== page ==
So we know that at 02.29 Norfolk reported a large vessel, that was later understood being Prince of Wales.

More, at 01.45 Norfolk reported himself 64° 49' N, 28° 16' W, corse 200 degrees sped 29 knots, enemy bearing estimated 269° at 18 sea miles from her. Visibility 3 sea miles.

At 02.56 Suffolk regained contact and reported himself 64° 39' N, 29° 22' W, course 240 degrees, speed 28 knots, enemy bearing estimated 192° at 9 sea miles from her.

Bye Antonio :D
In order to honor a soldier, we have to tell the truth about what happened over there. The whole, hard, cold truth. And until we do that, we dishonor her and every soldier who died, who gave their life for their country. ( Courage Under Fire )

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Re: May 23/24 night shadowing and interception approach CS1/

Postby paulcadogan » Mon Nov 04, 2013 5:35 pm

Antonio,

I'm not sure what you're trying to get at here - besides showing how unreliable these hand-drawn plots are, especially given the errors in the estimated positions of individual ships that have to use dead reckoning in their estimates...

It seems that, had visibility been better earlier, it might have been possible for Norfolk to actually join BC1's formation for the run against the Germans.

Paul
Qui invidet minor est - He who envies is the lesser man

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Alberto Virtuani
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Re: May 23/24 night shadowing and interception approach CS1/

Postby Alberto Virtuani » Tue Nov 05, 2013 8:52 am

Antonio Bonomi wrote: "What can be realized once the BC1 tracks are correctly plotted on the overall scenario map ? "

@ Antonio: disregarding the evident plotting errors (Norfolk couldn't logically be on the port side of BC1....), and looking at your suggested routes (in your above post), what I would notice at first glance is that the engagement could have developed well before 5:52 AM, possibly at any time after 3 o'clock AM.

In any case, Holland was driving since a while his 4 ships squadron on a slightly converging course to intercept enemy from 3:42 AM, possibly waiting for good visibility to engage as Paul correctly suggests.

Bye, Alberto
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Re: May 23/24 night shadowing and interception approach CS1/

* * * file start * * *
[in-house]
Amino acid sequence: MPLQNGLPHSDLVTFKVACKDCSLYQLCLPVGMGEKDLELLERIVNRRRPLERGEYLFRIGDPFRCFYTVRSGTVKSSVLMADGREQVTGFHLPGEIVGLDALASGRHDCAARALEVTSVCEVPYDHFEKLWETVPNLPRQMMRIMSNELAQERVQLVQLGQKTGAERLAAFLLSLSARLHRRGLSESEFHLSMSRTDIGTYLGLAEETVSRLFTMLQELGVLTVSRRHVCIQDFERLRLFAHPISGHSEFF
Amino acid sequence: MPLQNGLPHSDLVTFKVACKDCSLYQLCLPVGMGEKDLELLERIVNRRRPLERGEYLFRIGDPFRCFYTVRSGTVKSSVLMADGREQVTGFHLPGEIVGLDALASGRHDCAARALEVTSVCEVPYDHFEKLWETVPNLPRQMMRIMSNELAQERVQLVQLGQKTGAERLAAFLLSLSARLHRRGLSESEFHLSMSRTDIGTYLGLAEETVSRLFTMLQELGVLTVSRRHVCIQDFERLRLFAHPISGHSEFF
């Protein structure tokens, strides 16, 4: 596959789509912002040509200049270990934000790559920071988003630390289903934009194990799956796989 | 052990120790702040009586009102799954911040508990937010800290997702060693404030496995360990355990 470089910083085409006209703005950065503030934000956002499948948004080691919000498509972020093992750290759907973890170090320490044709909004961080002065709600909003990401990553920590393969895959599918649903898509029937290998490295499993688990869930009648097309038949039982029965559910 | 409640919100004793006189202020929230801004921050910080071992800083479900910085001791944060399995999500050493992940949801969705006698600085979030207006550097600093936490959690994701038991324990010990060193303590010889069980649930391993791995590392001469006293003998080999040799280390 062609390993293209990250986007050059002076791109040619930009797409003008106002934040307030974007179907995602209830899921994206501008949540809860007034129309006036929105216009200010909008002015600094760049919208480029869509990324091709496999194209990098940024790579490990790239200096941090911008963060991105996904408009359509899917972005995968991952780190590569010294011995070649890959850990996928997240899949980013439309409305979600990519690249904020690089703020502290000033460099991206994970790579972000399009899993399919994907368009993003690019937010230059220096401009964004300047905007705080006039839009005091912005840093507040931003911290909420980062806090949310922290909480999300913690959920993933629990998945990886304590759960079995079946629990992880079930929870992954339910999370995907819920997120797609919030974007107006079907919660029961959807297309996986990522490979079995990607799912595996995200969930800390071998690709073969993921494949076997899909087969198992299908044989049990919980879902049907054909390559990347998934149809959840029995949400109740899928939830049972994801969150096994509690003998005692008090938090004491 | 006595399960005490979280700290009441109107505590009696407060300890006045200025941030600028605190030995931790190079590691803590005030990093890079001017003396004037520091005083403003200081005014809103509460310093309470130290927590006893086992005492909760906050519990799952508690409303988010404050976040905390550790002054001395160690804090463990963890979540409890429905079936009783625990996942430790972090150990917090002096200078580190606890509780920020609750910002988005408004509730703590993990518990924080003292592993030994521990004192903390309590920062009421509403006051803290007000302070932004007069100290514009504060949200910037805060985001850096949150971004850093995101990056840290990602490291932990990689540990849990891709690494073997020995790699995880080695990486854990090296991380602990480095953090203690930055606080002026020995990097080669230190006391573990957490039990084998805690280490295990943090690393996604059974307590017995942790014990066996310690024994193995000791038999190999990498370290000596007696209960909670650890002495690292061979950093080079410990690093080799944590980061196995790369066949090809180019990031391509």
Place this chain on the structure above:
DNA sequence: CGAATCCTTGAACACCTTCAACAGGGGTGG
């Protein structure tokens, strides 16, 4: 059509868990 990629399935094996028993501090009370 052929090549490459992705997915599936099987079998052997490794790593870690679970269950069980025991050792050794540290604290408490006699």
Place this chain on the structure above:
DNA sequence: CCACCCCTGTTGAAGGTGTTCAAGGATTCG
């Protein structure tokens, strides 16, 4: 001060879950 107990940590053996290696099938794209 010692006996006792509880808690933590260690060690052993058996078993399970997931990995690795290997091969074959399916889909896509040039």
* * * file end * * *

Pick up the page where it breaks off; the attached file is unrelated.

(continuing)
Postby Antonio Bonomi » Tue Nov 05, 2013 4:16 pm

Hello everybody,

@ Paul.

you wrote :

I'm not sure what you're trying to get at here ...


My friend, as usual just trying to reach the truth as much as I can, ... just that with no preconceived views/judgements. Surely something is not correct there .... :negative:

@ Alberto,

the errors are very evident my friend, ... now I just started to define the area, look at what is available, ... merge " The Plot " I know was wrongly made too as far as tracks relative distances, ... and draw myself a first trial of Hood and PoW correct track made backwards from Capt. Leach narrative.

I do not have Hood and PoW geographical evidences so everything can be improved and more precisely made as real data will hopefully become available.

On top of my Denmark Strait battle re-construction, I have also those 2 very good works, so I will refer to those as well.

http://hmshood.com/history/denmarkstrait/woodward.htm

http://hmshood.com/history/denmarkstrait/holland.htm

My goal is to make a map that will show as best as I can the real tracsk they sailed and the reletive distances, ... than we will see what additional consideration can be made, if any.

That night, ... 02.10 and 03.20 seems to be 2 important reference points ... on top the one's we already know about ... :think:

Norfolk was close to BC1 starting at 02.10, ...and turned on course 240 just as BC1 did, ... now I will try to see how close that more than 3 and a half hours parallel track was really ... as visibility was increasing with daylight ... :think:

Bye Antonio :D
In order to honor a soldier, we have to tell the truth about what happened over there. The whole, hard, cold truth. And until we do that, we dishonor her and every soldier who died, who gave their life for their country. ( Courage Under Fire )

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Re: May 23/24 night shadowing and interception approach CS1/

Postby Antonio Bonomi » Sat Nov 23, 2013 10:03 pm

Hello everybody,

a very interesting photo, ... and a very interesting caption too ... :think:

http://www.iwm.org.uk/collections/item/object/205185330

IWM_A_4322_HMS_Suffolk.png
IWM_A_4322_HMS_Suffolk.png (165.21 KiB) Viewed 2558 times


Bye Antonio :D
In order to honor a soldier, we have to tell the truth about what happened over there. The whole, hard, cold truth. And until we do that, we dishonor her and every soldier who died, who gave their life for their country. ( Courage Under Fire )

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Re: May 23/24 night shadowing and interception approach CS1/

Postby paulcadogan » Wed Nov 27, 2013 2:05 pm

Hi Antonio and all,

My first question regards the sighting of a large unknown vessel by Norfolk at 0229. How should such a sighting have been interpreted and what should have been done?